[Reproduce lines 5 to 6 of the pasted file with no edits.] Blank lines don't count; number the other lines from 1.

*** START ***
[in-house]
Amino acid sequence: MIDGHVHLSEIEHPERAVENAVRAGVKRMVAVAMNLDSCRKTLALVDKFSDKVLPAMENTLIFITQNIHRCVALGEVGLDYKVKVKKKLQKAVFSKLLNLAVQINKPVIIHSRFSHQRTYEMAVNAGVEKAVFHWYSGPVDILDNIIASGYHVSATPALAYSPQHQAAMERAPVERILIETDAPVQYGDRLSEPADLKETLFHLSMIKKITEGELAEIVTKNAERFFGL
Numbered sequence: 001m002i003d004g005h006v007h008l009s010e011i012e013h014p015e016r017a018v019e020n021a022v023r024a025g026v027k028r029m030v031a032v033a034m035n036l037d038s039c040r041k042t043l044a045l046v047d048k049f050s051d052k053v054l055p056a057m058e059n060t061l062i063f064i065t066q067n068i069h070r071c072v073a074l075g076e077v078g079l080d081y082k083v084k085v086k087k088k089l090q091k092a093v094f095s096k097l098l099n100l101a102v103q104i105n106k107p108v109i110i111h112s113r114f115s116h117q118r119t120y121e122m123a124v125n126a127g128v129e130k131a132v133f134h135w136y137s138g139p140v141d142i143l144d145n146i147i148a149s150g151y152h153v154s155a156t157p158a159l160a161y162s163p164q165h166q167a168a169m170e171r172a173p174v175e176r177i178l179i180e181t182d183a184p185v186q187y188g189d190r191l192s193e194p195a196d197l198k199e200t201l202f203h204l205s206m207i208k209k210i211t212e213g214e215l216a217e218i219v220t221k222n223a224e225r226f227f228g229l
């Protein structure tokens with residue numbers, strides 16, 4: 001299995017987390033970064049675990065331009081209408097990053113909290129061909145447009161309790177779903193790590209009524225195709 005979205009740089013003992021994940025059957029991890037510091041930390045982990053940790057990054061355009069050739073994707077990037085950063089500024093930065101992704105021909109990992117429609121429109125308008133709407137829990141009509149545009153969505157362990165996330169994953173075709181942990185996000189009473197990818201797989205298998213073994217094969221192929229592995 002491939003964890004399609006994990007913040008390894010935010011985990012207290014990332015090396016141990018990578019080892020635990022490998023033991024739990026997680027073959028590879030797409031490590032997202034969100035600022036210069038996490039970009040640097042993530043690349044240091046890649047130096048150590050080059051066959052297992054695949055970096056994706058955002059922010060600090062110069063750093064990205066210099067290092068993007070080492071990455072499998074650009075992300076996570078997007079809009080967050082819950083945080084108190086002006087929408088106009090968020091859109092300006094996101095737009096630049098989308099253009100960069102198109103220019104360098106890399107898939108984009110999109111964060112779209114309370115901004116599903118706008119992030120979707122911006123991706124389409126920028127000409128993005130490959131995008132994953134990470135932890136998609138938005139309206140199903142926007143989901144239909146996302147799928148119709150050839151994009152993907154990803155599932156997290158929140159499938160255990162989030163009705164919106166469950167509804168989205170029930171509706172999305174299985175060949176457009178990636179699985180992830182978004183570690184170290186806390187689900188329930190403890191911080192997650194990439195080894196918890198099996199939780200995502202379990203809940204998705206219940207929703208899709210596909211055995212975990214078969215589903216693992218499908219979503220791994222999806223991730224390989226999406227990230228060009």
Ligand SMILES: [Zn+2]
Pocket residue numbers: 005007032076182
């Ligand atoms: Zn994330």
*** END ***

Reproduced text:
Ligand SMILES: [Zn+2]
Pocket residue numbers: 005007032076182